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Phoenix 101: The Republican Tax Proposal

Courtesy of the Architect of the CapitolThe 2017 tax reform plan would be the first major change to the U.S. tax code since 1986, under President Ronald Reagan.

A federal budget proposal for fiscal year 2018, which began  Oct. 1, recently passed the Senate by a narrow 51-49 vote, and was adopted by the House Oct. 26. It cuts spending by $5.1 trillion over the next decade, and will lay the groundwork for the Republican-controlled Legislature to pass one of the most important items on its agenda — tax reform — without help from Democrats.

What’s in the budget?

Similar to President Donald Trump’s budget proposal earlier this year, the House budget proposal would grow defense spending by about $632 billion over 10 years, and would cut other kinds of discretionary spending — optional spending set by Congress through an appropriations bill for measures such as veterans benefits, housing and community development and education — by $800 billion.

Similar to Trump’s proposal, it cuts Medicaid — the health insurance program for low-income Americans — by about $1.3 trillion by 2028. Unlike the president’s budget, however, it also reduces Medicare — the health insurance program for people ages 65 and older — by $473 billion over those 10 years.

It’s important to note that, because this is a Congressional budget resolution, this is only a proposal for spending targets and won’t become law; it is, however, an indication of Republicans’ goals for reducing spending going forward.

 

Read the full proposal here.

How is a budget passed?

To begin the budget process, the president submits a budget proposal to Congress by the first week of February. The House and Senate come up with their own budget resolutions based on the president’s proposal. The proposals are voted on and combined in a conference committee — or, as in this year’s proposal, one chamber of Congress will adopt the other’s proposal.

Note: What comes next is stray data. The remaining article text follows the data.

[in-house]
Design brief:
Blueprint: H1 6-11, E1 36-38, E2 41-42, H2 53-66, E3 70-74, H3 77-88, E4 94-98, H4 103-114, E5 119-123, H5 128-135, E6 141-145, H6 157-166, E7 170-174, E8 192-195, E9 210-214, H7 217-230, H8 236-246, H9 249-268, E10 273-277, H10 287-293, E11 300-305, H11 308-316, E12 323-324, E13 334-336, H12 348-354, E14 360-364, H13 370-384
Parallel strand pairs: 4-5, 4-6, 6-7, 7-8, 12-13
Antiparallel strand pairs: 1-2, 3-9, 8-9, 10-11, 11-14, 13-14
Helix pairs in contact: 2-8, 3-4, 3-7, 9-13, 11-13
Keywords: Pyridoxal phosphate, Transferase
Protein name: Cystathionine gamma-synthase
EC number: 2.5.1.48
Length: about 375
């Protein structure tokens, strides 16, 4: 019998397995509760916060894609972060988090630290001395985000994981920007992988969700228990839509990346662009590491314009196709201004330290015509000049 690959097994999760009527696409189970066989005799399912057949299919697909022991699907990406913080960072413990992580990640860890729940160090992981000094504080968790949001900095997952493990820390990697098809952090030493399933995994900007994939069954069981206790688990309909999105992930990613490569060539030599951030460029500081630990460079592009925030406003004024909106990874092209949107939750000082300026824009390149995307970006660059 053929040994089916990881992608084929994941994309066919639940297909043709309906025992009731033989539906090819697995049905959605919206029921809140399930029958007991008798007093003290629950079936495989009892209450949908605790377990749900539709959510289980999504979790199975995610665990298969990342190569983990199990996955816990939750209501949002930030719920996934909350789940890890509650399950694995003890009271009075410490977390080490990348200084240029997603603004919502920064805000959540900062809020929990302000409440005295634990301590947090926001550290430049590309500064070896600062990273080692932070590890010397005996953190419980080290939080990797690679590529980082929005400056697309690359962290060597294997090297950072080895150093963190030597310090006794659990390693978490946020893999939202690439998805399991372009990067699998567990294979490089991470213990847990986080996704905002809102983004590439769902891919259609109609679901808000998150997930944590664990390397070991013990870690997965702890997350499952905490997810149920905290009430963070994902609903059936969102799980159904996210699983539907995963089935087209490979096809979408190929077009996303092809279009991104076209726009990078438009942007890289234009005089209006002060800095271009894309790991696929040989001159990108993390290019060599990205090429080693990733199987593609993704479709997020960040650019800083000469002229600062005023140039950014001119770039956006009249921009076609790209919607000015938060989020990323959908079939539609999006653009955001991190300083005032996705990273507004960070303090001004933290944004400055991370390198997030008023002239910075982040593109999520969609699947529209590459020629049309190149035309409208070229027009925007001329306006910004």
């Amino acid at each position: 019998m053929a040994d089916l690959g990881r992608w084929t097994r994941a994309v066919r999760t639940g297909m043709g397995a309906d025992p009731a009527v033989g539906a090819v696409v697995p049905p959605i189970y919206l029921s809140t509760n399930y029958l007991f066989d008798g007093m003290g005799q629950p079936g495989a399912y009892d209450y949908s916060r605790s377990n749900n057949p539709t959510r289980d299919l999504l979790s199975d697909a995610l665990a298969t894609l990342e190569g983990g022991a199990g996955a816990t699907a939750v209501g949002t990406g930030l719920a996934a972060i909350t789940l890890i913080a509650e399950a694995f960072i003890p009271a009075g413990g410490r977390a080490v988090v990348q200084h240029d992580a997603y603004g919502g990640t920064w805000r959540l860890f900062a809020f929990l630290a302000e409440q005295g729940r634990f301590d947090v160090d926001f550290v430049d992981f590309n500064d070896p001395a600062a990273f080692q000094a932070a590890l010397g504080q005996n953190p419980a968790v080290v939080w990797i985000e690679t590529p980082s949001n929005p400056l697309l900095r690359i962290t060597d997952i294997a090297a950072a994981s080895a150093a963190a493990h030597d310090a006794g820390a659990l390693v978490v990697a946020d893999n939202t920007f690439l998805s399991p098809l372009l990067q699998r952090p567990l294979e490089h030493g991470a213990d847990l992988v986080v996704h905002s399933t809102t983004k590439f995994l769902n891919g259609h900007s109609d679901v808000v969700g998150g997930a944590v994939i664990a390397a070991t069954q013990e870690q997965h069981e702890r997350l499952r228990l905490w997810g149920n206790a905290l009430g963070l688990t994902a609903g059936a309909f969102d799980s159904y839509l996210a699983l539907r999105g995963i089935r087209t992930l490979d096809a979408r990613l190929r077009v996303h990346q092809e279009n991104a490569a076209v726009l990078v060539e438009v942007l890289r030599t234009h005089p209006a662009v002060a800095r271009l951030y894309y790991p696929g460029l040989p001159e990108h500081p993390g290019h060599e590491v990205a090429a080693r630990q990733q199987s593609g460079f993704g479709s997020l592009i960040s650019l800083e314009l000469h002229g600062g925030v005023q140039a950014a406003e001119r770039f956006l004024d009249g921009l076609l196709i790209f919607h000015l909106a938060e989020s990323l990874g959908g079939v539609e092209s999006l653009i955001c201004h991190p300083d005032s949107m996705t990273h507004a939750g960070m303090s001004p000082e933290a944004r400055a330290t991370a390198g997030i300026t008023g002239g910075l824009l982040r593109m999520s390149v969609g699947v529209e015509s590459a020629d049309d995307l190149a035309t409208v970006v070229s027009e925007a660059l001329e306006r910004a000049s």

Numerous House and Senate committees decide the actual spending amounts based on the earlier budget resolutions. Conference committees smooth out the differences between the House and Senate plans, and the end result is sent to the president for approval.

How does this impact tax reform?

Congress must pass tax reform by the end of 2017, so it’s using a method called reconciliation to speed up the budget approval process. Reconciliation will allow tax reform to be passed with only 50 votes, rather than the usual 60.

Under these rules, Democrats can’t use a delay tactic known as a filibuster because reconciliation treats the budget like a procedural change, which can’t be filibustered, rather than a bill, which can. Because Democrats are in the minority in the Senate — with only 46 seats compared to the GOP’s 52 — Democrats would likely filibuster a tax reform bill. Republicans would need 60 votes to prevent a filibuster, but only have 52, so they’re using reconciliation to try to pass tax reform without any Democratic support.

This is the same process Congress tried to use when it worked to repeal the Affordable Care Act, also known as Obamacare, earlier this year.

What does tax reform mean?

One of the most significant aspects of the tax reform plan would reduce the number of tax brackets — income categories that determine how much your income taxes will be — from seven to three. The proposed biggest cuts are for the wealthiest Americans, who would see their income tax rates decrease by more than four percent. Some wealthy and middle-class Americans would see their rates increase, while others would stay the same or be reduced.

How does this impact students?

For Loyola students working 15 hours per week at an on-campus job for $11 per hour, their federal income tax rate could increase if they are claimed as a dependent by their parents, but it’s unclear by exactly how much. The proposal wouldn’t impact Illinois’ 4.95 percent individual income tax rate, which is set independently of the federal government and would still apply to all Illinois residents.

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Assistant News Editor

Christopher Hacker is an assistant news editor at The PHOENIX, where he previously worked as a news writer. Chris grew up in central Indiana, and in his spare time is an avid photographer and musician.